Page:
“I was really very much interested in why people thought the way they did, as opposed to being offended or reacting in some way when someone said something that others might find offensive,” explained Lamont Jefferson at his StoryCorps One Small Step interview.
Jefferson, a 60-year-old who self identifies as conservative, was paired with Alyssa Burgin, 66, a liberal who grew up on San Antonio’s south side.
Both recognize the need to look behind words and actions to try to understand others.
Read a transcript of their conversation below.
Alyssa: When I was a child living here in San Antonio--I'm a product of the South Side--my parents looked Latino, and when I'd go shopping with my mother after she got off work, people would come up to me and ask me to translate for my mother. They assumed I was the cute little blonde girl and that my mother was the maid. I was so upset by that. My mother, not so much, but I was. And it was difficult to overcome because I, I know that I held that against people. But as I've gotten older, I realized that we all have incorrect characterizations of people and that we kind of just need to sit back and think about why we're making those stereotypes and-- and get to know enough people so that you find out they aren't true.
Lamont: And when you said that you're no longer offended, and some would be offended for you, or some words to that effect, examples come to mind where someone says something either to me or in my presence, and others immediately look to see my reaction. That--that should be offensive to a black man. And I'm just not offended! I find it curious. I was participating in a golf tournament. Nice, private country club. And I check in and they send me to the to the grill where you get your burger and I go on, I'm standing in line at the grill--and I swear this happened-- this nice lady, obviously from the club, and obviously a member, walks up to me and said, "Uh, you need to wait until the golfers have eaten." And I was like, "Ma'am, I am a golfer." And of course, there are all these other people in line who are sitting there watching this encounter. And they're like, "What? What's he gonna say?" Well, I thought that was the end of the conversation!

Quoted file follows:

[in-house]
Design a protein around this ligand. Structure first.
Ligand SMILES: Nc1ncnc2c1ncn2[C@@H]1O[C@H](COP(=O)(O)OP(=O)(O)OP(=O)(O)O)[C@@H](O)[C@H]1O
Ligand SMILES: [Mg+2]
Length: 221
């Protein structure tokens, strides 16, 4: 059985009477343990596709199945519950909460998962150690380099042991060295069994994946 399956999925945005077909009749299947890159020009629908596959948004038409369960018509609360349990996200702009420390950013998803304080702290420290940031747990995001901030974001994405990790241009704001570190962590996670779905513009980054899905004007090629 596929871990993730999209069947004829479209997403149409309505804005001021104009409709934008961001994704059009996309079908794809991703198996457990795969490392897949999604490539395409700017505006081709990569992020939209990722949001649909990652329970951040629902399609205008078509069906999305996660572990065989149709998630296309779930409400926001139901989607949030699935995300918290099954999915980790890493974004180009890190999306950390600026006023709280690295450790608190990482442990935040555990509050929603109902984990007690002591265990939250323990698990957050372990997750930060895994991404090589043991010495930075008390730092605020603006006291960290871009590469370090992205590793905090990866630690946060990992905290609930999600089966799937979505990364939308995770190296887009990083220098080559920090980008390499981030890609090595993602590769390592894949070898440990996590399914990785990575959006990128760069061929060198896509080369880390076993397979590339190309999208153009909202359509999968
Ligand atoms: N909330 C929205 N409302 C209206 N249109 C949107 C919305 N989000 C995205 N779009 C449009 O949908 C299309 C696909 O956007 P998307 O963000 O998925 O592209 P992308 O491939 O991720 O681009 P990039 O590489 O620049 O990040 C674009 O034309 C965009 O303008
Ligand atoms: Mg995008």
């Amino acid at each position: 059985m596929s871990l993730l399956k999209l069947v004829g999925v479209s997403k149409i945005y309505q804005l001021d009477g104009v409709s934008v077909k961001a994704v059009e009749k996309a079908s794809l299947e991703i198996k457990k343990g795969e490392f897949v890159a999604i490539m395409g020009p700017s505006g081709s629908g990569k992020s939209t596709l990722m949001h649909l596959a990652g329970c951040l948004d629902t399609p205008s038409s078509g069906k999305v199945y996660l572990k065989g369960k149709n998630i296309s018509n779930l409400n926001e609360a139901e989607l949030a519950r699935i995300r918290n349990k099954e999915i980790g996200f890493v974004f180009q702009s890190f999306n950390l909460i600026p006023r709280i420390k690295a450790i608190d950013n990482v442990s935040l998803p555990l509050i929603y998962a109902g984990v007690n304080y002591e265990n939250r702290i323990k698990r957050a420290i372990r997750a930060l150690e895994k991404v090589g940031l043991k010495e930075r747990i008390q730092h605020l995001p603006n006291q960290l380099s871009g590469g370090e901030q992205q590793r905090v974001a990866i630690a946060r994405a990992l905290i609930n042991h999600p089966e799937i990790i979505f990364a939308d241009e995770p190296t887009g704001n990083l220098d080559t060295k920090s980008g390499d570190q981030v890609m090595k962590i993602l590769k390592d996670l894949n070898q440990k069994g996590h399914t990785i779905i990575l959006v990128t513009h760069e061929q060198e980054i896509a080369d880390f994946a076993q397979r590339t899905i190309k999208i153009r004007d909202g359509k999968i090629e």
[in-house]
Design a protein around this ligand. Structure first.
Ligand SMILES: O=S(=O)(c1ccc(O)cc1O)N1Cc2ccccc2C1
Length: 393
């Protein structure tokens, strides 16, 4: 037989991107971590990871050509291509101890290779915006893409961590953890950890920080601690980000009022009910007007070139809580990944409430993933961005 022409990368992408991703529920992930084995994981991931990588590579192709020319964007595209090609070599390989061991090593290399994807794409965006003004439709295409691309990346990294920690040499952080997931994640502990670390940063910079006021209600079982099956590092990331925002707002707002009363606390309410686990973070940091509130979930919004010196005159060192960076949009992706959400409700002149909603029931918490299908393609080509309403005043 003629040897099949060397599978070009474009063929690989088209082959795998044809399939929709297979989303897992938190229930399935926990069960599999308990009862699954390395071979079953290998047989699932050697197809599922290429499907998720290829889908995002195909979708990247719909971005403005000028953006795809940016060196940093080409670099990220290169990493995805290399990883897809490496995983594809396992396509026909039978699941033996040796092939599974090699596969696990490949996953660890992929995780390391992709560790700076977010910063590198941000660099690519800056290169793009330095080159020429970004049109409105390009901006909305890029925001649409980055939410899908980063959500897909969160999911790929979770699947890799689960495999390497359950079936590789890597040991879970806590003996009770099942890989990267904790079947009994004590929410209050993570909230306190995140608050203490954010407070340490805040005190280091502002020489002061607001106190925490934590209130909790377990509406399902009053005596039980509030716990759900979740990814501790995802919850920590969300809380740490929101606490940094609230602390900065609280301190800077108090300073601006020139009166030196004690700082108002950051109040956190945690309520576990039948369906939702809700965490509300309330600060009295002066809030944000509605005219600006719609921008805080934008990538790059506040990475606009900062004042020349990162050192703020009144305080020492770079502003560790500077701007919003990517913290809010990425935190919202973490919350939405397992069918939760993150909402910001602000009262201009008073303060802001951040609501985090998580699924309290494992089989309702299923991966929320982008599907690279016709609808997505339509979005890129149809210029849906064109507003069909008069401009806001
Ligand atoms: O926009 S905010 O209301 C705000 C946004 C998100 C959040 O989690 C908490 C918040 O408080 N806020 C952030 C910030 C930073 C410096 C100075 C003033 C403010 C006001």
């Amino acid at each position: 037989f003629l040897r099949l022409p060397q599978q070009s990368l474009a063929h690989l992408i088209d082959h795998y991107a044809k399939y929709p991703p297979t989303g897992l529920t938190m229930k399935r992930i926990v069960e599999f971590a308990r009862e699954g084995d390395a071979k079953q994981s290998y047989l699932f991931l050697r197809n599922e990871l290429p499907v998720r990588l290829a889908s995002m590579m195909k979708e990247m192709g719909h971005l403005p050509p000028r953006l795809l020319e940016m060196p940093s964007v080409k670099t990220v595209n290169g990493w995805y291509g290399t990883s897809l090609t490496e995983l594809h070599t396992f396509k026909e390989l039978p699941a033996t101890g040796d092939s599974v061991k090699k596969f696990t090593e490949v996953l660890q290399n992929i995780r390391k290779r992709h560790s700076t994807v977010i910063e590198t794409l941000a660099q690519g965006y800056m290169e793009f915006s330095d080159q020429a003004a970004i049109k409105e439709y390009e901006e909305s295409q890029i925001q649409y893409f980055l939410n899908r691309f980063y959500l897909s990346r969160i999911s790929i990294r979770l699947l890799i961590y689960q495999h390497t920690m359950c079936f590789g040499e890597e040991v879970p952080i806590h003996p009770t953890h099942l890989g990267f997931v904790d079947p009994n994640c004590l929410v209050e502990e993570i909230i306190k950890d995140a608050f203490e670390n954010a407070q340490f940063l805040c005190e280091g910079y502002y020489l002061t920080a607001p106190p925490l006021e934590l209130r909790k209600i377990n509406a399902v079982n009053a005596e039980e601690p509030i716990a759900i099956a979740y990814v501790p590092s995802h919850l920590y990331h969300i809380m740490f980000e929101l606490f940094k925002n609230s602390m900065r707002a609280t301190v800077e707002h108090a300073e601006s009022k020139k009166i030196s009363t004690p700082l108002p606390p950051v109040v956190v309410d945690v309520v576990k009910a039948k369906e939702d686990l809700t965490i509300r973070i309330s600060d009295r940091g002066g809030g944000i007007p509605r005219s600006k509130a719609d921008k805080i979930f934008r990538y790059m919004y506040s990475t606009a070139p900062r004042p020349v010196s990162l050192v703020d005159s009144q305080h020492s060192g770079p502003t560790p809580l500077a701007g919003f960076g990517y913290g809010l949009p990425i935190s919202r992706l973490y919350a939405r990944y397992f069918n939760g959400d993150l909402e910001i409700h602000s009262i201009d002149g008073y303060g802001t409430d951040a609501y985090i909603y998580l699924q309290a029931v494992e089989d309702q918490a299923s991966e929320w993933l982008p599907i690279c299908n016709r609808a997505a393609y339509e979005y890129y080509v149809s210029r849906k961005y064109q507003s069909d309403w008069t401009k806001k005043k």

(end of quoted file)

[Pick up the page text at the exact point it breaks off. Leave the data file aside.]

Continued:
Alyssa: Pretty much.
Lamont: But it apparently had some legs. And we, had to [be] like, "Don't worry about it," I mean, she thought I wasn't a golfer! And if I wasn't a golfer, I shouldn't have been in line. That's all there is to it!
Alyssa: I can understand why people would be offended on your behalf. Yes.
Lamont: Which is fine, although I feel like some responsibility to take some action when those things occur and I-- or at least some expectation, I feel that the burden of an expectation that you should do something or say something, you shouldn't allow this to go unresolved, or unchalleged.
Alyssa: The world has moved on. Yes. So, yes, exactly. That's unfortunate.
Lamont: Well, but I don't..but at that same time, I don't want to react! I mean, I'd like to just kind of observe. I don't mind Confederate flags on pickup trucks, or in backyards. I mean, I want to understand people. I want... if they feel that way, fine.
Alyssa: I do agree with you on that. I want to understand people, I want to know why they take this emblem, whatever it might be, and how they utilize it, or in some cases how they hide behind it. I think we can probably agree that right now, more than any other time in history, things are complicated.
Lamont: Yeah, I don't know about more than any other time in history, but I agree with you that they are complicated.
Alyssa: They are complicated.
Lamont: Yeah. And it's hard to... And once you start labeling things, they appear more simple than they really are.
Alyssa: ...Than they really are, exactly. That's very true.
Alyssa Burgin and Lamont Jefferson’s full “One Small Step” conversation will be archived at the Library of Congress.
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